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Hotel “Cartel” Behind Anti-Airbnb Laws

New York City

Hotel Lobby v. Airbnb
April 18, 2017

Gov. Andrew Cuomo signed a bill last October making it illegal to advertise short-term sublets. The move dismayed the tourists who flock to New York City by the millions, but it was applauded by many co-op and condo boards, who have developed a variety of strategies for weeding out illegal sublets, including the use of a burgeoning array of software offerings.

In February, a city landlord and a real estate agent were hit with the first fines under the new law, totaling $17,000. Meanwhile, three U.S. senators had gotten the Federal Trade Commission to investigate how short-term rental companies like Airbnb affect rising housing costs.

All the while, the New York Times reports, a powerful force has been pulling strings in Washington, D.C., Albany, and many other state capitals: the hotel industry's lobbyists. In a presentation in November, the American Hotel and Lodging Association, a trade group that counts the Marriott, Hilton, and Hyatt hotel chains as members, said the federal investigation and the New York bill were “notable accomplishments.” In documents obtained by the Times, the hotel lobbying group described its attack on Airbnb as a “multi-pronged, national campaign approach at the local, state and federal level.”

Airbnb, which is based in San Francisco, was founded in 2008 as a way for people to easily list and rent out their spare rooms or their homes online. Since then, about 150 million travelers have stayed in three million Airbnb listings in more than 191 countries, according to the company.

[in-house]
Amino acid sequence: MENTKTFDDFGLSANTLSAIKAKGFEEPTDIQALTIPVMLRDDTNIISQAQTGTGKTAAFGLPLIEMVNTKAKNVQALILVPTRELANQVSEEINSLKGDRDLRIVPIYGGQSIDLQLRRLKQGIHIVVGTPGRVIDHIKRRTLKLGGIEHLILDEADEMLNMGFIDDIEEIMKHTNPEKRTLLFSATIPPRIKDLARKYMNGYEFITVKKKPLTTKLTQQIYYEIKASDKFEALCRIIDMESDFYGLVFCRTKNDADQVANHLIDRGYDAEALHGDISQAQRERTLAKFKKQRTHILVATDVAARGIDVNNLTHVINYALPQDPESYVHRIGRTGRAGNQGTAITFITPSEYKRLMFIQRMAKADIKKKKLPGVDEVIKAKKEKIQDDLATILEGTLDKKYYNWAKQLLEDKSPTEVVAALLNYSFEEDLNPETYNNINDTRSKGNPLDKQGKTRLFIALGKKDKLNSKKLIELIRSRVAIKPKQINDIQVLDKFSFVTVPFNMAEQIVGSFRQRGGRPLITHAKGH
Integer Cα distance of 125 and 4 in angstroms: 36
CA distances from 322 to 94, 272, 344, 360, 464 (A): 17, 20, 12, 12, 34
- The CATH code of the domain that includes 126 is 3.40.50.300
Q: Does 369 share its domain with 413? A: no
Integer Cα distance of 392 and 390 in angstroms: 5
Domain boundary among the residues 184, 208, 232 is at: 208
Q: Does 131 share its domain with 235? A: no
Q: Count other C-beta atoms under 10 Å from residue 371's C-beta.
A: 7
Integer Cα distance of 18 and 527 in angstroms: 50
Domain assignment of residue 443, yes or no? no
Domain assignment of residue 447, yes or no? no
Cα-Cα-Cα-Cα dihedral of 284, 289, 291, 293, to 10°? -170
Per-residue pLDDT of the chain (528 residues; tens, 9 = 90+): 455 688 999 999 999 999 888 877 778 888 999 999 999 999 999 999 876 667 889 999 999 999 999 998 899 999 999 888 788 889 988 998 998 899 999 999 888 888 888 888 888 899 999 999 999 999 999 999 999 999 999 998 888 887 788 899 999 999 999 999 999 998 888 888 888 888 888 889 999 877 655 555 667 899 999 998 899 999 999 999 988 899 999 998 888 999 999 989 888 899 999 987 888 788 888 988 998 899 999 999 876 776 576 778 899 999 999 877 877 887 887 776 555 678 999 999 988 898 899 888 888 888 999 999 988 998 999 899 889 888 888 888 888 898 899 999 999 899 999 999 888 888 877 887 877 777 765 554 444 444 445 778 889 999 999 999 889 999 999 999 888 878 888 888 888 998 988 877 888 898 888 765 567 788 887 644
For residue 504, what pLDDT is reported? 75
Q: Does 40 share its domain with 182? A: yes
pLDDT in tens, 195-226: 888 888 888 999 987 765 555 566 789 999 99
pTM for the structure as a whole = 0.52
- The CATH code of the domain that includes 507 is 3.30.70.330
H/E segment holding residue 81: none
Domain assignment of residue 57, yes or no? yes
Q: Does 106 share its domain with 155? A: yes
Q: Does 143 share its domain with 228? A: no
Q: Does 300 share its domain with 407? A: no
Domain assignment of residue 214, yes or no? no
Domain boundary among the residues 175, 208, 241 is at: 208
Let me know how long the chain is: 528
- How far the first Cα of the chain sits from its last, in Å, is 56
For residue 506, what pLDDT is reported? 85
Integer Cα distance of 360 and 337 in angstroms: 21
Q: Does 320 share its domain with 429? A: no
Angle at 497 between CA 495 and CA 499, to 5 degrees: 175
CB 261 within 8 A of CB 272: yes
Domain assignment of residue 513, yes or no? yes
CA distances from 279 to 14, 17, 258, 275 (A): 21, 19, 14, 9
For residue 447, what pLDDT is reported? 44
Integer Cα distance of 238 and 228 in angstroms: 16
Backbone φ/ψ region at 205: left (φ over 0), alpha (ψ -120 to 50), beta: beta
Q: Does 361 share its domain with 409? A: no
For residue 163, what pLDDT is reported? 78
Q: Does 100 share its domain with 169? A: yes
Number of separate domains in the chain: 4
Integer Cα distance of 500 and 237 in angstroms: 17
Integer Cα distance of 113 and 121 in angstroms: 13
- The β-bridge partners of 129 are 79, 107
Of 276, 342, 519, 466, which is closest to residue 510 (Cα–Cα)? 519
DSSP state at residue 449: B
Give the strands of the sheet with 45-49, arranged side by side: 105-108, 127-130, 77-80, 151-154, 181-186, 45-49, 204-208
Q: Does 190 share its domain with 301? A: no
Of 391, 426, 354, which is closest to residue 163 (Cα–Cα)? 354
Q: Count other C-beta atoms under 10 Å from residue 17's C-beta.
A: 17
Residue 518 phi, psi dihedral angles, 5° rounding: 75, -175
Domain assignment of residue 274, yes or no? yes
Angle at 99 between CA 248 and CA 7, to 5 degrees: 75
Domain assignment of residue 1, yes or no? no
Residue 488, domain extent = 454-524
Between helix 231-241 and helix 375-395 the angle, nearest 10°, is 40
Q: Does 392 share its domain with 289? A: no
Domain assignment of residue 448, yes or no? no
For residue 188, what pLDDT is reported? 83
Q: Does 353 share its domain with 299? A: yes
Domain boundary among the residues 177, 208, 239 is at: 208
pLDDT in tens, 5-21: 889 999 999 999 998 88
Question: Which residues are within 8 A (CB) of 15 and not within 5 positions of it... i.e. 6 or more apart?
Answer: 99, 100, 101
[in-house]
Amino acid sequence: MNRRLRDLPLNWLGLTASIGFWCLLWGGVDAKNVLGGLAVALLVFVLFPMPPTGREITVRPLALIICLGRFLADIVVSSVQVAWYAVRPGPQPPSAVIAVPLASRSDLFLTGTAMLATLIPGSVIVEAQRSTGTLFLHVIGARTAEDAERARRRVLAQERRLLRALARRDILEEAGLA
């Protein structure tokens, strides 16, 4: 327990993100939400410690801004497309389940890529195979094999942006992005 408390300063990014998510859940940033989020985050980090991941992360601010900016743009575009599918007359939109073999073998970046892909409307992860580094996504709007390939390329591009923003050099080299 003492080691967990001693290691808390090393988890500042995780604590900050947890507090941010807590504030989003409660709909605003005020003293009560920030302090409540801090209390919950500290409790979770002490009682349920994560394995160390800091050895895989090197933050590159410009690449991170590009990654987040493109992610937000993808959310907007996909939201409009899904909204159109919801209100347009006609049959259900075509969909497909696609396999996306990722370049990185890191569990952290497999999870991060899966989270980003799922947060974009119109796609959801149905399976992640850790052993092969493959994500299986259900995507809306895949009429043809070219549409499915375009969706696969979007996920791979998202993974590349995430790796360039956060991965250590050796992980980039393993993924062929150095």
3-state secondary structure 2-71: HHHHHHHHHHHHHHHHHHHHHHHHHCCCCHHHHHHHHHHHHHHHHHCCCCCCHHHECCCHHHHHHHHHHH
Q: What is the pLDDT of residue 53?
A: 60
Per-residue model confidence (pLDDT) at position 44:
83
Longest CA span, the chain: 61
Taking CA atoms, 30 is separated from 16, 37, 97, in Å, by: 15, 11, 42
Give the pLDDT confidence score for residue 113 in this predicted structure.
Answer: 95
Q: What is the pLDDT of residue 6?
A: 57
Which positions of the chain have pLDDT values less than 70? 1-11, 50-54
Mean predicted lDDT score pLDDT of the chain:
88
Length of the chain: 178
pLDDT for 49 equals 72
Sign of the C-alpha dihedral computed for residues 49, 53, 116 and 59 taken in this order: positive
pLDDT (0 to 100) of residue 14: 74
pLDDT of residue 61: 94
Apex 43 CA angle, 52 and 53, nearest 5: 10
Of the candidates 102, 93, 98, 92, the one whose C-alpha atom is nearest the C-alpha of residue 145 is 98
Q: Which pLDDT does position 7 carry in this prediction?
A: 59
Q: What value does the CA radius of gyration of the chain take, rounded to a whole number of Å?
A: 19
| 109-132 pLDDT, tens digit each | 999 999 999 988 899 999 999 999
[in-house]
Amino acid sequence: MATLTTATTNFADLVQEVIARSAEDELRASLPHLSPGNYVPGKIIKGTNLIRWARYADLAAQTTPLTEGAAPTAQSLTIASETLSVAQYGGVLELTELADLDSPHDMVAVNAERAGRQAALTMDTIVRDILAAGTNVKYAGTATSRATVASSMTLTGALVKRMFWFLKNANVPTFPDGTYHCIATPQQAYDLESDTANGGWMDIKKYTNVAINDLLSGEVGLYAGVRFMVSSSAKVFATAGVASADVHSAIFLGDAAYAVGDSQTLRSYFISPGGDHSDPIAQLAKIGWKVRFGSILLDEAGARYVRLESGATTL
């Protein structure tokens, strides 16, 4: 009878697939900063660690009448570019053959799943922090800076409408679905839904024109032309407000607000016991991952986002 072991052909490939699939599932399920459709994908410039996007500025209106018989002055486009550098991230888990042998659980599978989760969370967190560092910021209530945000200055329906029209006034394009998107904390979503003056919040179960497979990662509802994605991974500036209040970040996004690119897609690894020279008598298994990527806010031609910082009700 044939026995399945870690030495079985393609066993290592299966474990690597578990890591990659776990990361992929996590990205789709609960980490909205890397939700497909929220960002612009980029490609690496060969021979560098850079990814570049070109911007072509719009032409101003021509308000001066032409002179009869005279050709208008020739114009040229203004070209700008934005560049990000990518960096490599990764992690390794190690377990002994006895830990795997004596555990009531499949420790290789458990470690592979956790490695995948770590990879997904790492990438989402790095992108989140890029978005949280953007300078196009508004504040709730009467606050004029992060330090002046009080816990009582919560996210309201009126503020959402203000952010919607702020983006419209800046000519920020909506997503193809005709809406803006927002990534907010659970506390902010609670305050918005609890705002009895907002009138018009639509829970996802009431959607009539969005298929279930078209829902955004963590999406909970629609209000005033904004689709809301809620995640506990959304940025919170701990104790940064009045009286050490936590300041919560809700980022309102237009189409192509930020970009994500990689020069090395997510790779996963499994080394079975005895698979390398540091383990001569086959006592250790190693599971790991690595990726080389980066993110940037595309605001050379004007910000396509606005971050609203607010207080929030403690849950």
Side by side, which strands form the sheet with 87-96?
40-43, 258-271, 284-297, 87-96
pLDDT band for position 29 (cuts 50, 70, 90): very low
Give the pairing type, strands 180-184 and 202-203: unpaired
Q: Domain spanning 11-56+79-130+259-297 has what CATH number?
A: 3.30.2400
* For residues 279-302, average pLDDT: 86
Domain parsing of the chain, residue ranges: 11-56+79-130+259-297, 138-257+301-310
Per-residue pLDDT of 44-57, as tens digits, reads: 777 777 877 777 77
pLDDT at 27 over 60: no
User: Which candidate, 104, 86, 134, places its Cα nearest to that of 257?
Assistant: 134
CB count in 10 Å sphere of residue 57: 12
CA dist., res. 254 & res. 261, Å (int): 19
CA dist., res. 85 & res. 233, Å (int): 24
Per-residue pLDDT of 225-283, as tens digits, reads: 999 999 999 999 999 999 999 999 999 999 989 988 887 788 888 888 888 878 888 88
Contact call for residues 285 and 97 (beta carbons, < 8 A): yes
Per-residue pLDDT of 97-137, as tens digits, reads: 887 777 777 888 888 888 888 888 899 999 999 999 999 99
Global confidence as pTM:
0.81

“Airbnb is operating a lodging industry, but it is not playing by the same rules,” says Troy Flanagan, the American Hotel and Lodging Association’s vice president for state and local government affairs. “We are trying to showcase and bust the myth that Airbnb supports mom and pop and helps them make extra money. Home-sharing is not what this is about.”

Nick Papas, a spokesman for Airbnb, shot back: “The hotel cartel is intent on short-sheeting the middle class so they can keep price-gouging consumers.”

As the skirmishing continues, it remains illegal in New York City to sublet your apartment for fewer than 30 days if you are not present.

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